Shortbread Fingers

Recipe from Waitrose Magazine, March 2019

https://www.waitrose.com/home/recipes/recipe_directory/s/shortbread-fingers.html

I like to bake when I know there’ll be enough people around to eat whatever I’ve made and we have some carpenters doing some work in our house this week. This recipe looked very simple for something I’ve got a bit of a weakness for (must be because I’m half Scottish!) so I thought I’d give it a go.

Difficulty Rating- 1/5 it would actually be a really fun recipe to make with children.

Necessary equipment-

1x mixing bowl

1x wooden spoon

1x 23x23cm square baking tin

For how many people? It makes 18 biscuits, so between 1 & 18 depending on how hungry you are…

Timings

Total time taken (according to the recipe)- 1 hour 20 minutes

Total time taken by me- 1 hour 25 minutes, including 30 minutes freezer time

Hands-on time (according to the recipe)- 20 minutes

Hands-on time taken by me (including ingredients prep)- 10 minutes

Oven time (according to the recipe)- 45 minutes- 1 hour

Oven time taken by me- 45 minutes

The making

I took the butter out of the fridge at about midday and didn’t make the biscuits until the early evening so it was all very easy! Just combining the butter and sugar with the wooden spoon, sieve in the two flours and combine with your hands. Learning how to make pastry at school means that I automatically use the rubbing in method to do the latter.

I found pressing it into an ungreased, unlined cake tin quite strange, and using my hands to do so even stranger, but when I used the back of a spoon to smooth it as the recipe suggested it actually started to break up a bit and I had to use my hands again to fix it! I found cutting it into 18 fingers quite difficult as I’m useless at drawing straight lines with a knife (and the resulting wonky fingers is why you’ll see no picture here!) but I believe there are clever tools you can buy to make sure the lines are straight, or just grab a (clean!!) ruler or something to help you if you need them to look neat and have similar limitations to me.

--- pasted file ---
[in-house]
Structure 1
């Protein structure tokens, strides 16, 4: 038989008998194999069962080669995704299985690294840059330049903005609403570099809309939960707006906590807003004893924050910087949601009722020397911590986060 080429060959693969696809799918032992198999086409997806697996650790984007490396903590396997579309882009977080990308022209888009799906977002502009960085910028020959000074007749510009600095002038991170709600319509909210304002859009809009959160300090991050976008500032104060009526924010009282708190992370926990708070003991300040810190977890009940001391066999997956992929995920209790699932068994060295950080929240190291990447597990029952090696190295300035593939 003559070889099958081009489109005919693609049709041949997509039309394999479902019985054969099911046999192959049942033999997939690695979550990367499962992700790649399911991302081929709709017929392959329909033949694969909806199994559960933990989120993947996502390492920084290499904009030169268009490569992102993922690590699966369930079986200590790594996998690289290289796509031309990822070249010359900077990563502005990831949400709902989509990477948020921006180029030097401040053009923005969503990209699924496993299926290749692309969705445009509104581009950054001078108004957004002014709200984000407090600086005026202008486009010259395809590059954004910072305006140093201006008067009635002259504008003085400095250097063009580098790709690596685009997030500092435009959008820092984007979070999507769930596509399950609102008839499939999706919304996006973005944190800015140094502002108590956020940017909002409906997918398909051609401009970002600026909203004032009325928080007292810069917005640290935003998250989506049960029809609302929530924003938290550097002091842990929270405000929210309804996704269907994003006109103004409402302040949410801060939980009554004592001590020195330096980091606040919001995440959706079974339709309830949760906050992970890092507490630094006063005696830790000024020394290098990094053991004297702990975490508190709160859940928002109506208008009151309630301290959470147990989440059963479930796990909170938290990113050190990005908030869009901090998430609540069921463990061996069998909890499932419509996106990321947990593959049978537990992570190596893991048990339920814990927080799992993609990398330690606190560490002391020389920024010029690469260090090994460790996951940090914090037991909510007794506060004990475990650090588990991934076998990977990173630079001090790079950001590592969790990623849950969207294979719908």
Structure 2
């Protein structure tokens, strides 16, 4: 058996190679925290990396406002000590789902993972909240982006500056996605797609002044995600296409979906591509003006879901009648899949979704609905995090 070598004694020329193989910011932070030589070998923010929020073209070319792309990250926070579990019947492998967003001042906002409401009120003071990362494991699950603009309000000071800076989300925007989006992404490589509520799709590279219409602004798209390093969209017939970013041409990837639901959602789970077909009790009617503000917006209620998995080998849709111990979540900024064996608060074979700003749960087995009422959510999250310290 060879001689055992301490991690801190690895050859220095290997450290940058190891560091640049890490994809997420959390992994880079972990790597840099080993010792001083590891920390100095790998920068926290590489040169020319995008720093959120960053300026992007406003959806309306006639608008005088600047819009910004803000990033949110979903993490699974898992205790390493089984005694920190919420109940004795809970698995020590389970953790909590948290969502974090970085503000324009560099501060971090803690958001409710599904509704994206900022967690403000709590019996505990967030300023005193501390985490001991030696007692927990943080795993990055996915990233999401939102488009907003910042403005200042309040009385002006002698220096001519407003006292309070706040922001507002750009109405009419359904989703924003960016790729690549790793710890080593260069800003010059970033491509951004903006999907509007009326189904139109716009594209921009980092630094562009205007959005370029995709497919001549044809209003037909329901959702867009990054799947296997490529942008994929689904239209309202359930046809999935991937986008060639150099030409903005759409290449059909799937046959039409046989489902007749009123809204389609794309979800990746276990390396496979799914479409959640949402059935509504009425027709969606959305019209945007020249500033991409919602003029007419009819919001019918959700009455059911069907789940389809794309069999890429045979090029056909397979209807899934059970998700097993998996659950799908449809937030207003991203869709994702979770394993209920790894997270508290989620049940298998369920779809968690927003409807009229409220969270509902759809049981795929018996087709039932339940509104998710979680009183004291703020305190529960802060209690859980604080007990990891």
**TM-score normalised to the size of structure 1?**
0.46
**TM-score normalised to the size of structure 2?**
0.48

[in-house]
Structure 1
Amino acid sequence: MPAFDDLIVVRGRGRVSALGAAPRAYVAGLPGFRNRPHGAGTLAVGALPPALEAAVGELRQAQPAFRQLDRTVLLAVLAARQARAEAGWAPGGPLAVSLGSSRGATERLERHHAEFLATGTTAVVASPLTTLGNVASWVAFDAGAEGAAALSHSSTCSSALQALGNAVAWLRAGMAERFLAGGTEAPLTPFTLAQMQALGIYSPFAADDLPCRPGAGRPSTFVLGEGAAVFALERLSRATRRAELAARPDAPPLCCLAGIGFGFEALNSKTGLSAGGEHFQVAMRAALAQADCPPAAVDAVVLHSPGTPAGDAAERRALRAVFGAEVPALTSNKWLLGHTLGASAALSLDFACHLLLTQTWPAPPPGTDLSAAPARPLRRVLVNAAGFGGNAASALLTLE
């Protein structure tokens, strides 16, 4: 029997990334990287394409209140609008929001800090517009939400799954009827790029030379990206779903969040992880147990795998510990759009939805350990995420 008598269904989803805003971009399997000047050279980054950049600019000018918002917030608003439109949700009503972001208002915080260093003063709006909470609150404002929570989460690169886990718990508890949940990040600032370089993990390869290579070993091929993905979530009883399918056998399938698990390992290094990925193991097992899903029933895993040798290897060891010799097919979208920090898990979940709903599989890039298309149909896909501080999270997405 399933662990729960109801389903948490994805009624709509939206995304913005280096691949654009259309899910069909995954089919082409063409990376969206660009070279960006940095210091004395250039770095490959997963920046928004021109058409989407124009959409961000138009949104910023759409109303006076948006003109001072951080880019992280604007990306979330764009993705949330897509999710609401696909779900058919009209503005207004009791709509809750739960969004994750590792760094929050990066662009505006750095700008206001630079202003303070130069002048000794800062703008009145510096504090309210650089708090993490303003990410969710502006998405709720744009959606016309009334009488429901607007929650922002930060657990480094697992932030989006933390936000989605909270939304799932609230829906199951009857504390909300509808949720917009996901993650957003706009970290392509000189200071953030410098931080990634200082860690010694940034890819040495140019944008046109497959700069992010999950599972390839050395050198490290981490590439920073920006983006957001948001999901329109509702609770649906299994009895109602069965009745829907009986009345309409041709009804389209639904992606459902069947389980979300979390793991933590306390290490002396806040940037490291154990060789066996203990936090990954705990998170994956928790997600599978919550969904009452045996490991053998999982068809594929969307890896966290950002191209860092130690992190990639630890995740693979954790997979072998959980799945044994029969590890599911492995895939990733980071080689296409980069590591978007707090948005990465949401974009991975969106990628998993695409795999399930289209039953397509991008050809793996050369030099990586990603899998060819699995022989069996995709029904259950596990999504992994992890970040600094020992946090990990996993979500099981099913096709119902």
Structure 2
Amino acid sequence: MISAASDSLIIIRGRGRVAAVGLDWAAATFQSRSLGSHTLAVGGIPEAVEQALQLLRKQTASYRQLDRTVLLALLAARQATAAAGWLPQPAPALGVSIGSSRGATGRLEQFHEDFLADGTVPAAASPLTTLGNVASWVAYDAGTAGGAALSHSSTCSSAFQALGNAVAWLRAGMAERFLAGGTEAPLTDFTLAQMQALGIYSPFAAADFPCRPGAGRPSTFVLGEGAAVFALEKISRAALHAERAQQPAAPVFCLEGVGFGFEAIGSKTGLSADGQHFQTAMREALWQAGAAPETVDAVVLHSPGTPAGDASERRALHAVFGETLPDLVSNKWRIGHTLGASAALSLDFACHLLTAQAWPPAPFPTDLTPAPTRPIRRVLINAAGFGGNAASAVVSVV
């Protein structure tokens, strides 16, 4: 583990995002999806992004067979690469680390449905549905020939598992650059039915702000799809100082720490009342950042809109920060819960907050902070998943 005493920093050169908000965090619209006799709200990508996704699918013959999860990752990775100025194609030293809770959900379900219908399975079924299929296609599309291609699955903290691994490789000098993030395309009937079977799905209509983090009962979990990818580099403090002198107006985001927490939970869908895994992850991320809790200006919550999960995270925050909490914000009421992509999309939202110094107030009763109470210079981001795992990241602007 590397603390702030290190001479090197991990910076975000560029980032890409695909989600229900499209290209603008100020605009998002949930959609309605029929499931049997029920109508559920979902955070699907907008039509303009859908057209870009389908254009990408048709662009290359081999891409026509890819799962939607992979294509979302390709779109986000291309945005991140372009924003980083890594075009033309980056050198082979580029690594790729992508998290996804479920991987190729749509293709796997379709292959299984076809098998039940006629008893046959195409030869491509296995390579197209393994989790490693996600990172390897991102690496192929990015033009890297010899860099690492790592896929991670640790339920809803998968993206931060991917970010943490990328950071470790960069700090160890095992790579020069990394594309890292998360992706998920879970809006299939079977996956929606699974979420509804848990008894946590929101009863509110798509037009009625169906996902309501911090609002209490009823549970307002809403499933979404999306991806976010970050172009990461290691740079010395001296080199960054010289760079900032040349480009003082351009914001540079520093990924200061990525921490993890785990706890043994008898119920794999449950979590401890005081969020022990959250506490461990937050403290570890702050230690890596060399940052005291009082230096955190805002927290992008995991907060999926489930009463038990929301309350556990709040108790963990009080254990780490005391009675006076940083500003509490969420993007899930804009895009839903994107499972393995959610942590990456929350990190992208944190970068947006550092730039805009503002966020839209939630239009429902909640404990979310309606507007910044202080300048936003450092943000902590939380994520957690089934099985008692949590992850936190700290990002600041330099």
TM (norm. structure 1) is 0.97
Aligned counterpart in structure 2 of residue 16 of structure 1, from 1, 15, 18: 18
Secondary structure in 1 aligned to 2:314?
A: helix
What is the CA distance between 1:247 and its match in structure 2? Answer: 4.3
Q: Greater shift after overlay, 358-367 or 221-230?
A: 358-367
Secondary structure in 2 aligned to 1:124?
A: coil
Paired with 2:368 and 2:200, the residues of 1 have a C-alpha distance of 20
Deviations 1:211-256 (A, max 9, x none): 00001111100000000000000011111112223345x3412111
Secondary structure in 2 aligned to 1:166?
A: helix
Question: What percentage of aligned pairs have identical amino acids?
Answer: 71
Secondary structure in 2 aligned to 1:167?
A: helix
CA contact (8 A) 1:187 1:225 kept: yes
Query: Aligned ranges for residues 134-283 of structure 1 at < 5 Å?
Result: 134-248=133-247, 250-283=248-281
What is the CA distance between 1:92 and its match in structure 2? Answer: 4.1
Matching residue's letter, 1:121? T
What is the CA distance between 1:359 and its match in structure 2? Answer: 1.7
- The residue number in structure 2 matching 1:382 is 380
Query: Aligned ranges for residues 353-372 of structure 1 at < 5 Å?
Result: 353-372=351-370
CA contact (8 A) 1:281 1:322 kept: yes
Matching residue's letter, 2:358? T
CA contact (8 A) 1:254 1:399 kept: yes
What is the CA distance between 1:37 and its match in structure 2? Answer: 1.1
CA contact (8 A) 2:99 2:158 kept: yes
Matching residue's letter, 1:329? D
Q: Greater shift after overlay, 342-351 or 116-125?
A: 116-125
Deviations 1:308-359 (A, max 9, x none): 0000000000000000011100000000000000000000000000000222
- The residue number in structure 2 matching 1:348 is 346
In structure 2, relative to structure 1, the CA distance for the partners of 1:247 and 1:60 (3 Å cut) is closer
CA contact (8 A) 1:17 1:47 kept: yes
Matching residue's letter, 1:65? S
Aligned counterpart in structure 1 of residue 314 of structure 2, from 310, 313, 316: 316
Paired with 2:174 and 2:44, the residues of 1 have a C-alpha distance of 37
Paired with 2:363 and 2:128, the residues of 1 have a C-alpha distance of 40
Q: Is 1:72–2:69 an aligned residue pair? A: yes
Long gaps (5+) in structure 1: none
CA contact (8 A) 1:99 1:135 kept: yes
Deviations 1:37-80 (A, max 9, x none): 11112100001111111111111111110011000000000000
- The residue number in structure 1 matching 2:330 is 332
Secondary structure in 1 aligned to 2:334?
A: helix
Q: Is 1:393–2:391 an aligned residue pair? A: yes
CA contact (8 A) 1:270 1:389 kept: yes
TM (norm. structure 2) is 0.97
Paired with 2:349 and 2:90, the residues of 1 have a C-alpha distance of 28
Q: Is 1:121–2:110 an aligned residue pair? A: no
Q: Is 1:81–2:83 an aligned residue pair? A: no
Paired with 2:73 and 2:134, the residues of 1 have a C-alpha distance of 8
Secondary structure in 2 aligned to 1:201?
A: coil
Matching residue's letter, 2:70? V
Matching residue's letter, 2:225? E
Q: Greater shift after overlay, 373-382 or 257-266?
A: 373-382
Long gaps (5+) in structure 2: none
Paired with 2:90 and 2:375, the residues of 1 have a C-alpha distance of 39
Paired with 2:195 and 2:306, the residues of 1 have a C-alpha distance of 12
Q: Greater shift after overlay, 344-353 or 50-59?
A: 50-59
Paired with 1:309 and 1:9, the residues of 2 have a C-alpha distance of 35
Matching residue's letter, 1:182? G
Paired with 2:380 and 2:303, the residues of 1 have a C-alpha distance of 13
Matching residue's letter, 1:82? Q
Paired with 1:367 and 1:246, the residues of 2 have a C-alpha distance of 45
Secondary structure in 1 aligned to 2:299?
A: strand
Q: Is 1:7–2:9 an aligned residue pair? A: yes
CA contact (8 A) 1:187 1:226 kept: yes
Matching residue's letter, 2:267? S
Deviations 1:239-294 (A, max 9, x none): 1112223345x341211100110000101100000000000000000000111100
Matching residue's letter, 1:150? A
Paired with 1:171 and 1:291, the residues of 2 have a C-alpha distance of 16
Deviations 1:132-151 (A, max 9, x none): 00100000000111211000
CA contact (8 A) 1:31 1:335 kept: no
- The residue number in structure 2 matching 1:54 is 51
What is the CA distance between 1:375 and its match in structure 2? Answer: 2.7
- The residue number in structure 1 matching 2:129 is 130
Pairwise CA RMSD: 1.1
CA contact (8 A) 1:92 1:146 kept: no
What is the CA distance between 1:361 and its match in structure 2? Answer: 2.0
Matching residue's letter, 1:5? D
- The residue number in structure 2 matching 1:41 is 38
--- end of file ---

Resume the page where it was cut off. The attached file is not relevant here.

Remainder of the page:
I popped it in the freezer and pre-heated the oven then disappeared to get on with other things. After about half an hour the mixture was firm in the tin and I put them in the oven for 45 minutes. I forgot to sprinkle them with the extra sugar as my head wasn’t still in baking mode by this point, but went over the lines again after 15 minutes and had no difficulty removing the fingers from the pan when they were cooled.

Any cheats or changes?

Not this time, the recipe was too simple to need any!

Any extra tips?

As I mentioned earlier, having something to hand to help keep the lines straight would be useful.

Anything you’d change for next time?

I might bake them for slightly longer, they were certainly softer than shop-bought shortbread but that wasn’t necessarily a bad thing.

I would only add the sugar at the end if I needed them to look pretty, I never enjoy the texture it adds and they don’t need any extra sweetness.

Serving Size- one or two biscuits with a cup of tea or a scoop of ice cream would be perfect.

The eating-

The texture was very melty, they’re called shortbread for a reason after all! Using salted butter meant it mingled with the sugar to balance the sweetness just a little bit. As I mentioned, they were a little on the soft side so an extra 5-10 minutes in the oven might give a more satisfying crunch. I did not care that they were slightly wonky when I ate them!

Any comments from other people? My husband said they were slightly soft but other than that he really liked them.

Verdict– 4/5- an easy to follow recipe for a classic with fun suggestions of how to vary it in the future (adding orange zest or lavender) but not a showstopper or anything out of the ordinary.

Leave a Reply

Fill in your details below or click an icon to log in:

WordPress.com Logo

You are commenting using your WordPress.com account. Log Out /  Change )

Google photo

You are commenting using your Google account. Log Out /  Change )

Twitter picture

You are commenting using your Twitter account. Log Out /  Change )

Facebook photo

You are commenting using your Facebook account. Log Out /  Change )

Connecting to %s